Well, week 2 has come to an end and I've failed all four of my followers. I didn't make it through even half of what I'd scheduled for myself. I didn't even get around to making a prioritized viewing schedule with sub-categories and bullets. What's become of me? Here I am, with four fans and I'm on a path to blog-self-destruction.
I blame Stephen King.
I have a real love/hate relationship with the man and his eclectic collection of horror novels. Some of Mr. King's works are near brilliant. The thoughts and ideas so unusual and startling that my mind is forced into a kind of horror-overdrive. A few come to mind The Shining, Misery, The Langoliers, The Long Walk, Secret Window - Secret Garden, Dolan's Cadillac, Insomnia, Rita Hayworth and the Shawshank Redemption (not exactly in the horror genre, but excellent nonetheless), and of course, my all-time favorite: The Stand.
Some of his work... eh... I guess we'll call it average serial horror... It, Carrie, Pet Semetery. (Misspelled intentionally!)
And some of it is just downright bad. Have you ever read Dreamcatcher? Don't. People actually pass creatures during bowel movements in this one. I'm not making this up. B.M. aliens. Or at least, I think they were aliens. Honestly, after the toilet part, I just flat-out gave up.
In my quest to reread The Stand I found myself remembering something about Mr. King's works that I hadn't thought of before I started. The man is wordy. I mean, Wordy with a capital W. This guy can write and write and write. I can't say it's babble, because the fact of the matter is, it's all interesting and usually relevant to the story at hand. Every character gets his fifteen minutes in a Stephen King novel. From the hero to the guy who dies on page eighty-eight. If Stephen King is wordy in the average novel, well then, The Stand isn't really a novel, it's an eleven-hundred page event. An event which this reader reads about about half-speed. It's taken me an entire week and almost all of my precious TV time to weed-through exactly four-hundred and six pages. I'm telling you, this book is not for the casual reader. In hindsight, it probably wasn't the best choice as a re-introduction into the reading world - but then, if I can get through it, I can get through anything. I think I can, I think I can, I think I can.
I'd like to try to catch you, my four fans, up to speed - but that's just an impossibility. I'll tell you what, when I finish, I'll dedicate an entire blog entry to The Stand then we'll talk. So, let's move on to the few other Reading List items I accomplished this week:
The Glee Season Finale:
Our friends in the New Directions show-choir took last place at regionals, mainly due to some shady judging by Olivia Newton-John and Josh Groban. I don't think any of us Glee fans thought they'd actually win against those spoiled Audio Adrenaline brats, but losing to Aural Intensity? That was low, Josh Groban. Low.
I don't think anyone was surprised to find that Sue Sylvester was secretly rooting for our Glee friends. She's the villain you love to hate and we all know that deep down, she's a good person. Her good side doesn't show itself often, but when it does, it's refreshing and welcome.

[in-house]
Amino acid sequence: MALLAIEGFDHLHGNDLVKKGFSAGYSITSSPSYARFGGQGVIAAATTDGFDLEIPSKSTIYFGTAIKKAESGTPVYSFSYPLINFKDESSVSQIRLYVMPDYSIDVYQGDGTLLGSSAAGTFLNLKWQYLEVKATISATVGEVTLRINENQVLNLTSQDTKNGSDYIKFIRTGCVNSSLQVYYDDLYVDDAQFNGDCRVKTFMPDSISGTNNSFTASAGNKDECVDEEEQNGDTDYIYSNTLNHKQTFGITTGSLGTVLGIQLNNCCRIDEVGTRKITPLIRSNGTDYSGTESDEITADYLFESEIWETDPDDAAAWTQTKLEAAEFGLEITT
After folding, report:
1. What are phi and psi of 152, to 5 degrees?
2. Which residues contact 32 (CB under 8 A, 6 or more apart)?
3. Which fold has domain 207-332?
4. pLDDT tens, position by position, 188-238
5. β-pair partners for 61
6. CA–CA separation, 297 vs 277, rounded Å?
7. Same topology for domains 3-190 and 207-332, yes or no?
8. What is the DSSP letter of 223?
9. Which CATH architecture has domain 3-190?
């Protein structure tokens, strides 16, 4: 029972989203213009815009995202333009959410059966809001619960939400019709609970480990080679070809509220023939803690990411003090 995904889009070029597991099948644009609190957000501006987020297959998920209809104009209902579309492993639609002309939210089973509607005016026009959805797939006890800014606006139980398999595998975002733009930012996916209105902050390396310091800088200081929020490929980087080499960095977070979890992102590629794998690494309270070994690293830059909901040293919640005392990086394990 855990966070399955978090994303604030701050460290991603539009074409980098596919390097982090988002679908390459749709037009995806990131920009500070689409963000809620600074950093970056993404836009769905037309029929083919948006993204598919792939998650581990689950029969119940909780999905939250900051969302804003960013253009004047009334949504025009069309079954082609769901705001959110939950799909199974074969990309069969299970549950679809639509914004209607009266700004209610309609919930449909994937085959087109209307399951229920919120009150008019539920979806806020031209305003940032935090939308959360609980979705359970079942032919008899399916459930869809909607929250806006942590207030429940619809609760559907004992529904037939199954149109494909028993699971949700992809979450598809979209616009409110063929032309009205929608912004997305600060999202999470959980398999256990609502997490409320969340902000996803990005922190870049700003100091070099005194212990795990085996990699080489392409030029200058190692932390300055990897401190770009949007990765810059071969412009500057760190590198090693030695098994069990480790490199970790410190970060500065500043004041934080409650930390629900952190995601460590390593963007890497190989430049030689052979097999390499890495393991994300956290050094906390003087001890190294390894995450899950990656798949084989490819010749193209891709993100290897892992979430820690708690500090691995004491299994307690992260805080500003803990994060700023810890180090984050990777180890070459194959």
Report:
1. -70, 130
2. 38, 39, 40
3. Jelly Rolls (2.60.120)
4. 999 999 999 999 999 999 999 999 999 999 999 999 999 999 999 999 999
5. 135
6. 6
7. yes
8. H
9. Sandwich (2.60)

I give the finale-writers a lot of credit for daring to let New Directions fail. I know I was expecting them to place just high enough to eek by. A hero's failure is not often depicted, but in the end, I suspect we'll admire them more for it.
Son of Rambow:
Here's a movie I'd been looking forward to watching for quite some time. It had been sitting, neatly packaged in a Netflix envelope for seven months, just waiting to be watched. It was with me through Christmas and New Years. It moved with me from Arkansas to Nebraska. Then finally, last Wednesday, I dared open it's red envelope and began to watch.
After all this Netflix dvd and I had been through, I was almost hurt when I discovered the movie wasn't much to my liking. It surely had it's fun moments, but I just didn't connect to the characters. Much of the humor felt forced, contrived. The obvious "weren't-the-80's-so-stupid?" jokes were played out. It's hard to place what was missing from the movie, but I just didn't feel much for it at all. It was far from bad. If you want to see bad, go rent a copy of Dreamcatcher, the movie. And... If you think reading about alien bowel movements is bad, you should try watching it. How did Jason Lee and Morgan Freeman end up in that heap of garbage? I hope they got new agents.
But, I digress. I know the movie was a surprise indy-hit. I know thousands of reviews say otherwise, but the first word that comes to mind when I think about Son of Rambow is - cold. I was never able to form that emotional attachment that is so critical in movie-viewing. Or maybe I'm just old and don't have an eye for quirky anymore? Maybe I've just because the kind of person that can only appreciate Jennifer Aniston comedies? No, wait. I don't think anyone appreciates those...
In the end, that Netflix dvd wound up back in the mailbox, just like all the others... alone, waiting to move on to another (and possibly more appreciative) viewer.
"Glee" - 1 episodes, finale. Still holding at 4.5/5 Stars.
"Son of Rambow" - Movie. 2.5/5 Stars. Boring. Cold.
"King of the Hill" - 2 episodes. This wasn't on my list. It's a guilty pleasure of mine. I frequently catch the 2-episode run on Cartoon Network from 9-10pm.
"The Missing Girls: A Shocking True Story of Abduction and Murder" by Linda O'Neal, Rick Watson, and Philip Tennyson. 3/5 Stars. Complete 06/08/10. It's a true crime book. What more can I say?
"The Stand" by Stephen King. 406 pages. 4/5 Stars. I will finish if it kills me. 700 to go...
I have chosen to italicize titles for ease from here on out. My recap will continue to use quotation marks. Blogging is an art form and my style will take time to master.